US military prosecutors said arrogance drove the American soldier who went on trial on Monday accused of orchestrating the biggest leak of classified information in US history through the WikiLeaks anti-secrecy website three years ago.
But at the opening of the court-martial of intelligence analyst Bradley Manning, 25, his defense lawyer portrayed him as a naïve young soldier who had leaked the documents, combat videos and other data because he wanted to reveal the human costs of the wars in Afghanistan and Iraq.
Private First Class Manning faces a possible life sentence without parole if convicted at his court-martial in Fort Meade, Maryland, for leaking more than 700,000 secret documents in 2010, angering the United States government.
"This is a case of what happens when arrogance meets access to classified networks," lead prosecutor US Army Captain Joe Morrow said in his opening comments in court at Fort Meade, Maryland. "This had great interest to our adversaries and to our enemies."
Manning wore a dress uniform and sat at the defense table between his lawyers. He faces 21 counts, including the most serious one of aiding the enemy, and prosecution under the Espionage Act of 1917. Manning pleaded guilty in February to 10 lesser charges, but prosecutors rejected the pleas and are pursuing their original charges.
In an opening statement, Manning's lawyer David Coombs described his client as a humanist, "placing people first, placing value on human lives." He called the soldier "young, naïve, but good intentioned."
Manning has said he released the files to start a domestic debate on the military and on foreign policy in general.
The prosecutor Morrow told the court that Manning downloaded some 251,287 State Department cables, using an automated toll that allowed him to pull the documents down at the rate of more than 1,000 per hour.
JUDGE TO CLOSE PARTS OF TRIAL
The judge, Colonel Denise Lind, said last month she would close parts of the trial to the public to protect classified material.
Manning, who has been jailed since his arrest three years ago, was charged with downloading classified documents and forwarding them to WikiLeaks. The website began exposing the secrets the same year, stunning diplomats and US officials who said the leaks endangered lives.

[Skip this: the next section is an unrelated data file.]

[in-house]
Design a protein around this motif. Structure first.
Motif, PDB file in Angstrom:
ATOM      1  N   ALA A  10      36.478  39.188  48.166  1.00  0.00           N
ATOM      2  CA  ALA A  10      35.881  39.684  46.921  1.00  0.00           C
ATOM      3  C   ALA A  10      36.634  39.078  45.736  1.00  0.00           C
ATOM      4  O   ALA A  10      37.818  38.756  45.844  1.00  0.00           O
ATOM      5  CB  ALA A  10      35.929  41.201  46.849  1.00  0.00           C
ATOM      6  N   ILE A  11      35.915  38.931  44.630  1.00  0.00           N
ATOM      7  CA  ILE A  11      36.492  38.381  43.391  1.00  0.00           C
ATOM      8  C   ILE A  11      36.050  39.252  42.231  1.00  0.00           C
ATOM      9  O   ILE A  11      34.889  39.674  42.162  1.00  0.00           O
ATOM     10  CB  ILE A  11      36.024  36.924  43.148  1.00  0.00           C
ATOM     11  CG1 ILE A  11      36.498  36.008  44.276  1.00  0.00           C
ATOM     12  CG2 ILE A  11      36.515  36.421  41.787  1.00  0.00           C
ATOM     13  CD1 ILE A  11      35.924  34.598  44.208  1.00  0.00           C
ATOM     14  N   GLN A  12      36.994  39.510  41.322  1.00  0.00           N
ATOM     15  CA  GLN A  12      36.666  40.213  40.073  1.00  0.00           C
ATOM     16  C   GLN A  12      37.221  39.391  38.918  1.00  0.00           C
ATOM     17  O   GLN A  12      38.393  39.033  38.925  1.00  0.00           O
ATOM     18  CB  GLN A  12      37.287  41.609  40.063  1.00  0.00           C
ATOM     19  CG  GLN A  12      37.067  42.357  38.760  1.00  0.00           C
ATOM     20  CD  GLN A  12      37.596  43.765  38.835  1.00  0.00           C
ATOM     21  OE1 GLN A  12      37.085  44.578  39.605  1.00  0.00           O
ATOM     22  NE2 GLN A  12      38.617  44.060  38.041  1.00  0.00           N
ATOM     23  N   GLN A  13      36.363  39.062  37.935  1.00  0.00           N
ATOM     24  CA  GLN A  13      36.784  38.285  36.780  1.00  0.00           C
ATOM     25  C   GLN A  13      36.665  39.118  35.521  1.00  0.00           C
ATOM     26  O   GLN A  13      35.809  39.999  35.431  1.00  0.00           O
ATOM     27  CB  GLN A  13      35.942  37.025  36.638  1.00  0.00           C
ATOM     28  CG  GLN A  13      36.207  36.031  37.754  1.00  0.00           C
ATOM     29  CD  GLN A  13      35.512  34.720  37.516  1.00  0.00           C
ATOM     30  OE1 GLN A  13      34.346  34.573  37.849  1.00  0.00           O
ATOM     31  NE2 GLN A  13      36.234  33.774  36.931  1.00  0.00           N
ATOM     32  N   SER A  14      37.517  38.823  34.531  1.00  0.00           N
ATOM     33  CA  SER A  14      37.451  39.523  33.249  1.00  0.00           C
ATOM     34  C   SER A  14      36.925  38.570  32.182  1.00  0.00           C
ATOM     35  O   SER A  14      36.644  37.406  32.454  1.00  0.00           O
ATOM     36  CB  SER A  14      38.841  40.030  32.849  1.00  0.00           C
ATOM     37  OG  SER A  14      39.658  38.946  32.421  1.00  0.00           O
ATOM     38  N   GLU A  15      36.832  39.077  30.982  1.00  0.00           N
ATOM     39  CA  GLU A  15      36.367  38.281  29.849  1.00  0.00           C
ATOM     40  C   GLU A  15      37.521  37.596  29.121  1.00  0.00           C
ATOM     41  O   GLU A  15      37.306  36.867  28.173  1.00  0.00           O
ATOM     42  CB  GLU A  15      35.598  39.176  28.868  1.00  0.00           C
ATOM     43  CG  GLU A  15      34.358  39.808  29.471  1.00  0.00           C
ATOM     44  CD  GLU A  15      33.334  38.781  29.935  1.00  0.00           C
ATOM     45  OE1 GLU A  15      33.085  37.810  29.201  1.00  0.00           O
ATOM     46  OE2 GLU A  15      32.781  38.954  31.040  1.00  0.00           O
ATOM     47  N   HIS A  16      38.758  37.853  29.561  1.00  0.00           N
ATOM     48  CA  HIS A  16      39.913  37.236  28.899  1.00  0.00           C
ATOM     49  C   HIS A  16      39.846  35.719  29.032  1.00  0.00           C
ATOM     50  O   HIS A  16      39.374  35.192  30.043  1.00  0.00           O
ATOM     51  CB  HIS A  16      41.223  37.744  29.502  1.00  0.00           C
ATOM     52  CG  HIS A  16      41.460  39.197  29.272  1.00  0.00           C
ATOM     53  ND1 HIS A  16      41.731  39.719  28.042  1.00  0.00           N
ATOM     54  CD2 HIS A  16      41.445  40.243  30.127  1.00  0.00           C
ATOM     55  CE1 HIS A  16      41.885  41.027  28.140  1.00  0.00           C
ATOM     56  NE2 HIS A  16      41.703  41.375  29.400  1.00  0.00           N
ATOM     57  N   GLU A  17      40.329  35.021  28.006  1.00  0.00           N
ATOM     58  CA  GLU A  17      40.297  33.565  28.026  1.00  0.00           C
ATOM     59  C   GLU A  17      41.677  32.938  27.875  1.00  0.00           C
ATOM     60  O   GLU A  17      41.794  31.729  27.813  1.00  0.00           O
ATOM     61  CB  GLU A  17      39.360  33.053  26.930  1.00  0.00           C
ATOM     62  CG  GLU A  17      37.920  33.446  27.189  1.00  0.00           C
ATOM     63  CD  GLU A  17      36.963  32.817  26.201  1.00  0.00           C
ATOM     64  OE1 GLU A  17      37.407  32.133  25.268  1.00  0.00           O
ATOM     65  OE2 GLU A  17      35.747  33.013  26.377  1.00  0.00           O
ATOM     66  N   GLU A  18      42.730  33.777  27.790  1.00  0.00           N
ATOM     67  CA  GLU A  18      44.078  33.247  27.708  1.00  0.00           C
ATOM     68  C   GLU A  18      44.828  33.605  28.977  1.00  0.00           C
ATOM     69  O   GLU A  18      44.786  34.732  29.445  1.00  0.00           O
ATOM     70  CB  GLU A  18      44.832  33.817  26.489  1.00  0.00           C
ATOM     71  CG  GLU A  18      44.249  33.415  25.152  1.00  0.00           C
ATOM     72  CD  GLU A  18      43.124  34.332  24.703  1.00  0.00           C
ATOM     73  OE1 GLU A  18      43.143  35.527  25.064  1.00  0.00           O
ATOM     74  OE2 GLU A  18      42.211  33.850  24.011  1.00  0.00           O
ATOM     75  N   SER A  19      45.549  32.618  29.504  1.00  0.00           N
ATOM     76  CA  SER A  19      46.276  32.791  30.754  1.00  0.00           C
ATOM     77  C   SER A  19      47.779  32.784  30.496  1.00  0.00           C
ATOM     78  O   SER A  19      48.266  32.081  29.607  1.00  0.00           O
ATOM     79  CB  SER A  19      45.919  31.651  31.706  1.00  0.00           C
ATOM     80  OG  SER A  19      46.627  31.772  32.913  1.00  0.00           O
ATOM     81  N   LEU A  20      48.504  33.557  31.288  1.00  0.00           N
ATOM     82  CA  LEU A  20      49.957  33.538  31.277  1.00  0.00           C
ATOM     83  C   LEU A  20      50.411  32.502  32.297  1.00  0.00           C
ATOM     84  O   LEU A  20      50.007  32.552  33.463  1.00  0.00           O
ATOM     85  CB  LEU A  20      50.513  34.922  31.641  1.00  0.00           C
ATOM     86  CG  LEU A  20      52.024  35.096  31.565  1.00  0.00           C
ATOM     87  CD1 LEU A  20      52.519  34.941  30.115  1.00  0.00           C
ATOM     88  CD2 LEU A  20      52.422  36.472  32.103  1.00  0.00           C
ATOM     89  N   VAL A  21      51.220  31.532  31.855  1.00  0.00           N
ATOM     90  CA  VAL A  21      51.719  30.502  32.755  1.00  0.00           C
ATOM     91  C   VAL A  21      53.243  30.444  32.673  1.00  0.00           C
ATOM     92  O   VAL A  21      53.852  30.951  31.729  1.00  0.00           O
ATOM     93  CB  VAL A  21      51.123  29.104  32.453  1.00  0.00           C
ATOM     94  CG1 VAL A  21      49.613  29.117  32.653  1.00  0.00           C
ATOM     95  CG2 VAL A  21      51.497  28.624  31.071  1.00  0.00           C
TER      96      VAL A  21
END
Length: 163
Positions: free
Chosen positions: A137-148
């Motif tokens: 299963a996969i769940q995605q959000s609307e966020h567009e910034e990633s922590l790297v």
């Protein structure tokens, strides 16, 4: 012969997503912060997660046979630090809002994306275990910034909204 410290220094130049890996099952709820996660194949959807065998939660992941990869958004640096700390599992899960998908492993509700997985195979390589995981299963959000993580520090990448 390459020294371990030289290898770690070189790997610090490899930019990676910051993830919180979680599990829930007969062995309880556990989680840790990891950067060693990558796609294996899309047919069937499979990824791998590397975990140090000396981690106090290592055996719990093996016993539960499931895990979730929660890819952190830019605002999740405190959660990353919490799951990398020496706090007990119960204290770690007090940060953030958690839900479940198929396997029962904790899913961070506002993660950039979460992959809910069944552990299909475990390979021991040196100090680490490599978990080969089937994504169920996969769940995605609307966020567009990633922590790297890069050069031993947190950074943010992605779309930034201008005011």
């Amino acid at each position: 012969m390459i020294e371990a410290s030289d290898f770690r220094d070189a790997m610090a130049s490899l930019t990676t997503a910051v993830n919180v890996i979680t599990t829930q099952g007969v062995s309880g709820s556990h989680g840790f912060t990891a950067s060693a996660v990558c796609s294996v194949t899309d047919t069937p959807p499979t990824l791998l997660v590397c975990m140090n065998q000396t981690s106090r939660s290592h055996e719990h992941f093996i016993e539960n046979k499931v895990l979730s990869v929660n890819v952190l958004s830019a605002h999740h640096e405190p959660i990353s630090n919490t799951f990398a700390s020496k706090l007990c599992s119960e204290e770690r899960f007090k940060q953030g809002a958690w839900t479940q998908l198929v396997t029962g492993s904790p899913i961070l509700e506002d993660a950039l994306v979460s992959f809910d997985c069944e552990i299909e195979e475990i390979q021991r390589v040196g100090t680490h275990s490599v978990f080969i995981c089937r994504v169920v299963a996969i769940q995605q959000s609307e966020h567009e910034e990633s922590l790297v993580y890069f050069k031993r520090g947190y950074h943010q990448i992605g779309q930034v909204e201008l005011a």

Under a ruling last month by the judge, Manning would have any sentence reduced by 112 days to compensate for the harsh treatment he received during his confinement at the Quantico Marine Base in Virginia.
WikiLeaks founder Julian Assange has taken refuge in the Ecuadorean Embassy in London since June 2012 to avoid extradition to Sweden, where he is wanted for questioning about allegations of rape and sexual assault. Assange denies the allegations.
Assange and Manning are the subject of a documentary, "We Steal Secrets: The Story of WikiLeaks" that opened in theaters 10 days ago.
Manning's court-martial about 30 miles (50 km) northeast of Washington, is expected to run until at least late August.
Lind on Monday began the trial by asking Manning a number of procedural questions, including whether he was willing to have the case decided by a judge rather than a jury and whether he was satisfied with his defense team.
"Yes, your honor," replied Manning, who was arrested in May 2010 while serving in Iraq.
The courtroom, which can seat about 40 people, was crowded on Monday with media and onlookers, including Cornel West, a civil rights and political activist who has taught at Yale, Harvard, Princeton and Union Theological Seminary in the City of New York.
"I'm here to have solidarity with my devoted brother Bradley Manning," West said outside the courtroom. "I'm going to be here as often as I can. My spirit will be here. He is a courageous young brother."
Also at Fort Meade, WikiLeaks stationed a truck in the parking lot with a sign reading, "Mobile information collection unit."